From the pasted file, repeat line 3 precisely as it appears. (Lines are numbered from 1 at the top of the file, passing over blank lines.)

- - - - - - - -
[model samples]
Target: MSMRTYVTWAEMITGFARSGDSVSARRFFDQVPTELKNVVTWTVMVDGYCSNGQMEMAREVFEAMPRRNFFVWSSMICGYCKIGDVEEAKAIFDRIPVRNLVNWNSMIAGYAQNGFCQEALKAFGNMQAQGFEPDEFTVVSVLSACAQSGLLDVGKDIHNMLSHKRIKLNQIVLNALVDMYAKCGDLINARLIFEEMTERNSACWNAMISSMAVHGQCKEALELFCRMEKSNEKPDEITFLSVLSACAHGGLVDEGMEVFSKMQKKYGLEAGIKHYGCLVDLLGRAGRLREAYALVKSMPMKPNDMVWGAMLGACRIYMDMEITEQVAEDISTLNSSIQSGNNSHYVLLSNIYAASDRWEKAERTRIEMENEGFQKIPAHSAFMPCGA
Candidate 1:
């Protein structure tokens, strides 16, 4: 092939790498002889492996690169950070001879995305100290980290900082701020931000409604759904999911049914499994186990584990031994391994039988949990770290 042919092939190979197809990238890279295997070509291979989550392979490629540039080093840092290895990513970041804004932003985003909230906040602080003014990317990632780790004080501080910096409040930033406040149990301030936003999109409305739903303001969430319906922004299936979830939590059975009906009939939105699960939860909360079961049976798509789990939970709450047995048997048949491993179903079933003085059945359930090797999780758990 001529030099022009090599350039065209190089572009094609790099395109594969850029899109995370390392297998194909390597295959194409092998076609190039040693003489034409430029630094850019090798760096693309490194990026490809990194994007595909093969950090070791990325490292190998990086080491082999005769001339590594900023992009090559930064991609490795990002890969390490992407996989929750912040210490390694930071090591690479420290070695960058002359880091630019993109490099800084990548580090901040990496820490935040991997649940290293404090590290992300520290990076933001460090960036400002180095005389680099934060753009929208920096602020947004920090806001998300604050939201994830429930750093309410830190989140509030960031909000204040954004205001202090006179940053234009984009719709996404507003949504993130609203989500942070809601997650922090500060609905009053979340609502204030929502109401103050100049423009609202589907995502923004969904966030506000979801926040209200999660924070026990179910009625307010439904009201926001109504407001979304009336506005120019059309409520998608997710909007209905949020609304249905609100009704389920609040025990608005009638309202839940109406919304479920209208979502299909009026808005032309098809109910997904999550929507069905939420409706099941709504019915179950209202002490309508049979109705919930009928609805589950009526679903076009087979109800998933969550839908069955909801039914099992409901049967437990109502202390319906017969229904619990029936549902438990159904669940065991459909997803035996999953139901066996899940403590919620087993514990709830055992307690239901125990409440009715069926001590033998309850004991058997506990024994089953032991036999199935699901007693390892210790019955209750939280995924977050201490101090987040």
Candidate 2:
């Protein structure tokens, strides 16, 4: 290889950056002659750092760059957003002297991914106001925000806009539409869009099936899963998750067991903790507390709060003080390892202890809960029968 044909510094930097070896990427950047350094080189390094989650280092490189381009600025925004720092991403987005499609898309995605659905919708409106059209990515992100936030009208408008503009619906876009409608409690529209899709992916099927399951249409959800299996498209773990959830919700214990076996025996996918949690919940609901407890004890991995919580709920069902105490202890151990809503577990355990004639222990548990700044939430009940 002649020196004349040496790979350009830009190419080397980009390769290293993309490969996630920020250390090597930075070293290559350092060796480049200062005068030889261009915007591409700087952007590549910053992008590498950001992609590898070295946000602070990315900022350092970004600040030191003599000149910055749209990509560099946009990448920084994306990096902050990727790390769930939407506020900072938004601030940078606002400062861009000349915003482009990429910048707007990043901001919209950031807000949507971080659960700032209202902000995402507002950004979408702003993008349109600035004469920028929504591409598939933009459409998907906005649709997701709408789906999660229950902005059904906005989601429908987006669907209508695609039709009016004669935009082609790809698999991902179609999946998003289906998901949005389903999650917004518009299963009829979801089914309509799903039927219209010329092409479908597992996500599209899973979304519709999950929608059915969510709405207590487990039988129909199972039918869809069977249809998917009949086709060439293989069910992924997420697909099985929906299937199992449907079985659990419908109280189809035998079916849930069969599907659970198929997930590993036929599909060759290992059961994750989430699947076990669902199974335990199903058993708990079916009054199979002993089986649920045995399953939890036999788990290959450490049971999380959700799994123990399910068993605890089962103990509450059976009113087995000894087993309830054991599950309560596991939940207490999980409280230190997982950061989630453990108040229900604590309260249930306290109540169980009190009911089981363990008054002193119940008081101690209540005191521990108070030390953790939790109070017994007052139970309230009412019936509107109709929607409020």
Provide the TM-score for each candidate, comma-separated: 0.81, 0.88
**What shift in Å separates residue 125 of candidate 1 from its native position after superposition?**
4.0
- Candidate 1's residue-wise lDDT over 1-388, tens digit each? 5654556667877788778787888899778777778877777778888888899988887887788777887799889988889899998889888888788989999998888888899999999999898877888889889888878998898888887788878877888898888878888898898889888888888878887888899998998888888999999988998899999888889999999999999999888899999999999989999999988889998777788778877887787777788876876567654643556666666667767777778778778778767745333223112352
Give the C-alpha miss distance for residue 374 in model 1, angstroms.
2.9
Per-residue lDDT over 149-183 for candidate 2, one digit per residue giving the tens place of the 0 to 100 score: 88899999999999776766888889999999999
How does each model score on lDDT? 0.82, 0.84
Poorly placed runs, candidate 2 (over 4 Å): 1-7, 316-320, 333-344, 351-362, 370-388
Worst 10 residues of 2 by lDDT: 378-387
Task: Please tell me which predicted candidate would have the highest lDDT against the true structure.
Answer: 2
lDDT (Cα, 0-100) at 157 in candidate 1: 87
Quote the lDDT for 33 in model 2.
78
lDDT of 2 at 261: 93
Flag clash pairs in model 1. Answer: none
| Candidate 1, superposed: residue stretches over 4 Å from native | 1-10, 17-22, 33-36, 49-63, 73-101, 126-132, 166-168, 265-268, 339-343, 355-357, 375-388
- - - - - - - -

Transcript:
Candidate 1: